Climate Proposal 5: Advance natural and engineered technologies to remove carbon pollution

Echoing CARB’s draft Scoping Plan, this final Proposal emphasizes that “there is no path to achieving carbon neutrality without removing carbon from our atmosphere.” This Proposal would establish a program managed by CARB that advances carbon capture and sequestration (CCS) technologies, including natural carbon sequestration. One feature of this new program would be a “unified permitting program” for CCS projects, similar to the California Energy Commission’s unified permitting program for certain energy projects, which was recently expanded under AB 205 to include solar, wind, and battery storage, among other energy projects.[3] The Proposal indicates that these activities must minimize impacts on communities where projects are developed and promote employment and workforce development. Notably, the Proposal would prohibit a CCS “operator from using concentrated carbon fluids for purposes of enhanced oil recovery.”

What’s Next?

Each of the Climate Proposals must be incorporated into a legislative bill in order to be codified into law. As of the date of publication of this blog post, Proposals 1–4 have been incorporated into Legislative Bills SB 1137, SB 1395, SB 2133, and SB 1020, respectively. Whether the CCS Proposal will be incorporated into legislative bills in whole or in part will likely be determined by August 30, 2022, in advance of final legislative votes, which must be cast by midnight on August 31, 2022.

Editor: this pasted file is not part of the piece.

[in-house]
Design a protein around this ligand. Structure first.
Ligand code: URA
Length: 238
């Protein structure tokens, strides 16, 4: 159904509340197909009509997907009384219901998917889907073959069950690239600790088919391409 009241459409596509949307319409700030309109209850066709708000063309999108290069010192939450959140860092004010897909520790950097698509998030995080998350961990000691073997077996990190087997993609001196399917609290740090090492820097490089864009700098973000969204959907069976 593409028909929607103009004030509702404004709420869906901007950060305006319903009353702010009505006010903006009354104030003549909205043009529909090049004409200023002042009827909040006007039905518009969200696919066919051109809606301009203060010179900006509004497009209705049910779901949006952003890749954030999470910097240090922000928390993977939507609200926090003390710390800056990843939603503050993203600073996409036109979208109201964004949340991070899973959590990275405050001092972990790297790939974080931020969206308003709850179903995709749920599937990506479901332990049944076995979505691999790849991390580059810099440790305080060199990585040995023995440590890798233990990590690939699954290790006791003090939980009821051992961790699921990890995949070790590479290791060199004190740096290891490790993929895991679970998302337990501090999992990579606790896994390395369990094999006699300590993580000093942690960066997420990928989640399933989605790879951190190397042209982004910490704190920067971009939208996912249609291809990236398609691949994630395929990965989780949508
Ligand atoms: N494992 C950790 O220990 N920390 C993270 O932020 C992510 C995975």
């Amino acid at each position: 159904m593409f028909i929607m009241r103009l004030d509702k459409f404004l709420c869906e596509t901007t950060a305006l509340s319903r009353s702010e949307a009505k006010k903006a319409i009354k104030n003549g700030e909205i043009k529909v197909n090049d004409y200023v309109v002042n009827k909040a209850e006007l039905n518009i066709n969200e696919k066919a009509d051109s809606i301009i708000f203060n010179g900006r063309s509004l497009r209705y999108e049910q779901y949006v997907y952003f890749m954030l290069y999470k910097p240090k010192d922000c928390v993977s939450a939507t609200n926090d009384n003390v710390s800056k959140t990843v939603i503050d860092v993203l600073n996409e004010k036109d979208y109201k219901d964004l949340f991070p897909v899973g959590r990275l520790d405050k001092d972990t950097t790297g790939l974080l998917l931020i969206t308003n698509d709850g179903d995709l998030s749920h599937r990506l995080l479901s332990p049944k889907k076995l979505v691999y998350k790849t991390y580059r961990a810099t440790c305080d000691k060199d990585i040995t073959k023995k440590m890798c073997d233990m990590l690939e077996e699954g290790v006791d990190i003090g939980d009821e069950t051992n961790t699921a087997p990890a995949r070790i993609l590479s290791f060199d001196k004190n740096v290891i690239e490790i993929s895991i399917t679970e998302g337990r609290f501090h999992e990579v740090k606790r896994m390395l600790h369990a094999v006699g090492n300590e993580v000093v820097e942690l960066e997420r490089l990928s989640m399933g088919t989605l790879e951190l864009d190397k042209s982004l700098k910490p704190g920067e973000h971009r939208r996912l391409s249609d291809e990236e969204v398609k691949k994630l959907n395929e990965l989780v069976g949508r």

A number of questions remain over whether the Proposals will pass, and if so, how the programs will be implemented. If passed by the Legislature, many of these questions would need to be resolved through subsequent rulemaking. The policy instruments identified to operationalize the Proposals will also carry important cost implications for the state, particularly in light of the degree and scope of ambition contained in the Proposals. For example, some stakeholders are raising questions about how these proposals might affect California’s housing crisis.

Impact on CARB’s Draft Scoping Plan

If enacted, the Proposals will likely also impact CARB’s ongoing Scoping Plan process, discussed in a four-part Latham blog series.[4] The Draft Scoping Plan, released in May 2022, identified CARB’s proposed path for how California can reach an interim goal of reducing GHG emissions by at least 40% below 1990 levels by 2030. It also identified how the state can reach the ultimate goal of carbon neutrality by 2045 along with accelerated options to achieve carbon neutrality by 2035. The first Climate Proposal would require CARB to model California’s path for reducing GHGs to 55% below 1990 levels. CARB would likely also have to account for the measures contained in the remaining Proposals when determining how to achieve the emission reduction targets.

Latham & Watkins will continue to monitor these legislative developments as well as any subsequent implementation of the Climate Proposals.



[1] Office of Governor Gavin Newsom, “Governor Newsom’s Ambitious Climate Proposals Presented to Legislature,” (Aug. 12, 2022),

[2] Executive Order B-55-18 To Achieve Carbon Neutrality (September 10, 2018),


[4] Latham & Watkins, “California Air Resources Board Releases Draft Scoping Plan Update,” Environment, Land & Resources Blog, Parts 1–4,;;;